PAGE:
“Education is not the place to cut state funding, especially while allowing multi-million dollar corporations to avoid paying their fair share in taxes,” Representative Mike Hanna said. “That’s money that could be used to restore the cuts made to PASSHE universities, and we would still have enough left over to help school districts throughout PA that have also faced Governor Corbett’s budget tax axe.”

            In the state school system, 90% of the students are from Pennsylvania, and 80% of those students stay in the state and find employment upon graduation, according to Senator Mike Stack.  “By choking out the state system of higher education,” he said, “we are choking out the future of our workforce, of our inventors, of our creators, and of new products. How can we say that we care about the future of this commonwealth when we slash, cut, and burn education every chance we get?”

            There are more than 500,000 alumni living in Pennsylvania that generate an annual income of over $7 billion, according to Representative Madeleine Dean.

            “I am demanding the full restoration of the state system funding,” Senator Stack said. “The leaders of tomorrow deserve nothing less.”

            “Pennsylvania ranks 45th for state support of full-time students,” Representative Dean said.  “While Pennsylvania continues its cuts of higher education, 37 states have increased their funding for higher education—their commitment to their young people.”

            “Article 3, section 14 of the PA constitution states: ‘the general assembly shall provide for the maintenance and support of a thorough and efficient system of public education to serve the needs of our commonwealth,’” Representative Dean said. “I believe that statement is not exclusive to kindergarten through 12th grade.  We are not living up to our constitutional obligation for the 14 PASSHE schools.”

            Representative Dean will be exploring solutions that have little to no effect on the individual taxpayers, the most important of which being a tax on the Marcellus Shale extraction, not unlike the other states that do so.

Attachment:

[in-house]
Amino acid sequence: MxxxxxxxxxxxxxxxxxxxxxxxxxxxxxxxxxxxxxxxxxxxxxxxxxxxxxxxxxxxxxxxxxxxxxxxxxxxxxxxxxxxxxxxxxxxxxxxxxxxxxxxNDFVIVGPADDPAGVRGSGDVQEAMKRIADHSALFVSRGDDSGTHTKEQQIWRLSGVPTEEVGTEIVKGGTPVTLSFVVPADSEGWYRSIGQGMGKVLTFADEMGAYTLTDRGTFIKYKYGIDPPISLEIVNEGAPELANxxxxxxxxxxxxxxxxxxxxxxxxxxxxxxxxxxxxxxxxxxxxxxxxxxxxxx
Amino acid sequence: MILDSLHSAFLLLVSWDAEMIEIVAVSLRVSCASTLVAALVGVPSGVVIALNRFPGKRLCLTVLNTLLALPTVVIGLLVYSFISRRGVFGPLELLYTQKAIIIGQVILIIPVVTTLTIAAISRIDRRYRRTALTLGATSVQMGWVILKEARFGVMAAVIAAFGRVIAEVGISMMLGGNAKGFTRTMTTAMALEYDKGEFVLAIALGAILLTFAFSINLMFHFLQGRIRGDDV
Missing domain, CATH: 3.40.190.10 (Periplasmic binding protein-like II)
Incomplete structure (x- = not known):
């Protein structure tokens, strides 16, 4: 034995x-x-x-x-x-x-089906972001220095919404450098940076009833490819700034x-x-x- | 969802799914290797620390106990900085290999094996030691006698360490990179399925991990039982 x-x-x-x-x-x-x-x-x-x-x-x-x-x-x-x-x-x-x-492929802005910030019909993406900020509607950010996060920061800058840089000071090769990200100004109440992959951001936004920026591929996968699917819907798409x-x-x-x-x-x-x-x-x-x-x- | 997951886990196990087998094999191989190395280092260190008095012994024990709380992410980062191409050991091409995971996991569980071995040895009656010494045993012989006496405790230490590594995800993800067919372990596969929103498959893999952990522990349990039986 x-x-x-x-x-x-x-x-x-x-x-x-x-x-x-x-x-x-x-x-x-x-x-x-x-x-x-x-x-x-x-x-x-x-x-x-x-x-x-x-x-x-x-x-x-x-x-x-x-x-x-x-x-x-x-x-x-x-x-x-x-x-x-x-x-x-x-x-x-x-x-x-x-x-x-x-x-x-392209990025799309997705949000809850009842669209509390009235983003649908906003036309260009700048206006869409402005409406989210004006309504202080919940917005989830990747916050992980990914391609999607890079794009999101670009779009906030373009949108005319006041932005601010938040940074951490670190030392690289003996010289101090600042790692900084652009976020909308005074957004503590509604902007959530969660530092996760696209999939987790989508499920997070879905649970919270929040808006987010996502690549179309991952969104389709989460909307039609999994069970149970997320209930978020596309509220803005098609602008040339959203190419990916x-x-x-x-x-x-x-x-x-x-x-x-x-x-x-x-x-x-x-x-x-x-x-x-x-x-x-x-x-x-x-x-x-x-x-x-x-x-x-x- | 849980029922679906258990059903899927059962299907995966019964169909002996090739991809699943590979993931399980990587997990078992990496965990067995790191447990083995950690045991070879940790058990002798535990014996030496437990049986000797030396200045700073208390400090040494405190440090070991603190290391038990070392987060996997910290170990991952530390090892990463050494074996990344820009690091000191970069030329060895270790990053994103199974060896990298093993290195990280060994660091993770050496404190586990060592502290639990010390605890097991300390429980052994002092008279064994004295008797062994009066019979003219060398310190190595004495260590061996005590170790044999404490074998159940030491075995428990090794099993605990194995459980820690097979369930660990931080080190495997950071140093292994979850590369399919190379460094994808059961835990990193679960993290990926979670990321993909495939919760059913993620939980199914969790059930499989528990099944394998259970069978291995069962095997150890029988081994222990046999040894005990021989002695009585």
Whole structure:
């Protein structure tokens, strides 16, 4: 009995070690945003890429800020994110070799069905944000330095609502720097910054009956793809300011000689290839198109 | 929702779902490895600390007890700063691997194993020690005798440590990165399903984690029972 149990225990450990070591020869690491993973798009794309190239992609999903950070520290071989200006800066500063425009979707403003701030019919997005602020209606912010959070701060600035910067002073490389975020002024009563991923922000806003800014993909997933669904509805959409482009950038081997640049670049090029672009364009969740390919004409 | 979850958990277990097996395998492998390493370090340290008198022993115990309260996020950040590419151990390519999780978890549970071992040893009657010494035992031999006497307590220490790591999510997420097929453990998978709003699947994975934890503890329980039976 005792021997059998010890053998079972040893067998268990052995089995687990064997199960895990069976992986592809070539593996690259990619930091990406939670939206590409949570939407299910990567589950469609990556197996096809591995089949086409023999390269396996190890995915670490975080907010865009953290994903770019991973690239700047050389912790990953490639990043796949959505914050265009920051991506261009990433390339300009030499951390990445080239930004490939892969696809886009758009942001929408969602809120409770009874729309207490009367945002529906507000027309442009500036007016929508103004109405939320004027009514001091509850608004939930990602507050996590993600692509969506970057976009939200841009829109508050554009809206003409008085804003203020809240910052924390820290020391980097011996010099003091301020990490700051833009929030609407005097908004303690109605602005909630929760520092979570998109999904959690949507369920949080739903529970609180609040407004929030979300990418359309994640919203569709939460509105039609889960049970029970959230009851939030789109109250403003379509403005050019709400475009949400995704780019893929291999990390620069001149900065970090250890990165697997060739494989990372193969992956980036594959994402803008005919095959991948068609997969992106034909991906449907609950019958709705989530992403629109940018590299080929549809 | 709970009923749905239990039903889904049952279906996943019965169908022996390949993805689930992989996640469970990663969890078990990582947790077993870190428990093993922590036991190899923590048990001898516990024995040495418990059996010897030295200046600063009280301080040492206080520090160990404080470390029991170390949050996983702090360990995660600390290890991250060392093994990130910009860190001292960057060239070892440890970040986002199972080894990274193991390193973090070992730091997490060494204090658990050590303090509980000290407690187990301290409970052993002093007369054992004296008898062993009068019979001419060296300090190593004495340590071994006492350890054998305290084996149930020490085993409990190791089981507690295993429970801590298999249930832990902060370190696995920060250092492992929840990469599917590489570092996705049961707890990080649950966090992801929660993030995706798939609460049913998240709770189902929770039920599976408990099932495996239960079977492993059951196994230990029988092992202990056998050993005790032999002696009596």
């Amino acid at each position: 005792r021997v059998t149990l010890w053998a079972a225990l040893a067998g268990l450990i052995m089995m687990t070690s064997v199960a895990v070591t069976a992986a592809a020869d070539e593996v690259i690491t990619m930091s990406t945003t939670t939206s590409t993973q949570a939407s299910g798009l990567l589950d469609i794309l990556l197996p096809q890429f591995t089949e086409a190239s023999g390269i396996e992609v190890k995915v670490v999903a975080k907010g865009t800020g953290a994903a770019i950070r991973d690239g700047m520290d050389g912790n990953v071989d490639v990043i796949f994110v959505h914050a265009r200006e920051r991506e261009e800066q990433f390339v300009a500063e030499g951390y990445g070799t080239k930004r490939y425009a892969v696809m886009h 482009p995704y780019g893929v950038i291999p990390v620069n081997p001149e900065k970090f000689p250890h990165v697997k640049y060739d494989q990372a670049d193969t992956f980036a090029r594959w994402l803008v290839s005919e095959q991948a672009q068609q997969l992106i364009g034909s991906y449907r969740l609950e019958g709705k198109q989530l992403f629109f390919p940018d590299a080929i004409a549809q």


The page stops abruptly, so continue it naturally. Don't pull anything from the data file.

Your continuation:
“Budgetary cuts also increase student costs such that an affordable education is becoming a thing of the past,” White said in his address. “State funded education used to mean that education was affordable and accessible for nearly everyone. With rising costs, education is being placed further out of reach for an increasing number of Pennsylvanians.”

            “We need Pennsylvanians to stand together to ask for sustainable funding solutions and a restoration of funding to our state’s system of higher education,” White said. “Restoring our funding is about more than making an investment in education, it is about making an investment in the future of Pennsylvania.”

            Following the press conference, Peggy Dettwiler, Mansfield University’s Director of Choral Activities, lead the 55 choral members in five songs in the rotunda. 

            Mansfield University’s music department has four (of 15) faculty on the retrenchment list.  Each of the 55 choral members has learned from these four faculty members in some way.

            Mansfield University is currently facing a $6 million deficit, and is facing a $14 million deficit in following years.  Because of this, 29 faculty and 25 staff positions are in jeopardy of being cut.

            “It’s disappointing to see a society of people who want to be educated but can’t afford it,” Mansfield University student Nicole Welsh said.

“Despite the fact that I feel most of the legislators we talked to were Democratic and thus in favor of higher education, and that most of the legislators that we talked to that were opposed were of the Republican persuasion, I hope we were able to bring state wide attention to the plight of the PASSHE system,” Long said. “Regardless of the eventual outcome, it was a phenomenal opportunity for the students involved because at the end of the day, we fought for the education we believe in so strongly.”

Mansfield University’s Student Government Association (SGA) is planning a second trip to Harrisburg on Dec. 4 “Our goal is to have all 14 PASSHE presidents, faculty, staff, student governments, and their respective state representatives on board with us,” SGA Director of Public Relations Cole Black said.

There will also be a “pre-rally” on Dec. 3 to “get everyone fired up on our campus and then drive down to Harrisburg [the next day],” according to Black.

Look for more information on the Facebook pages: “Mansfield University Rally” for Dec. 3, and “PASSHE Rally to Harrisburg” for Dec. 4.

This article was originally published in The Flashlight, Mansfield University’s student newspaper.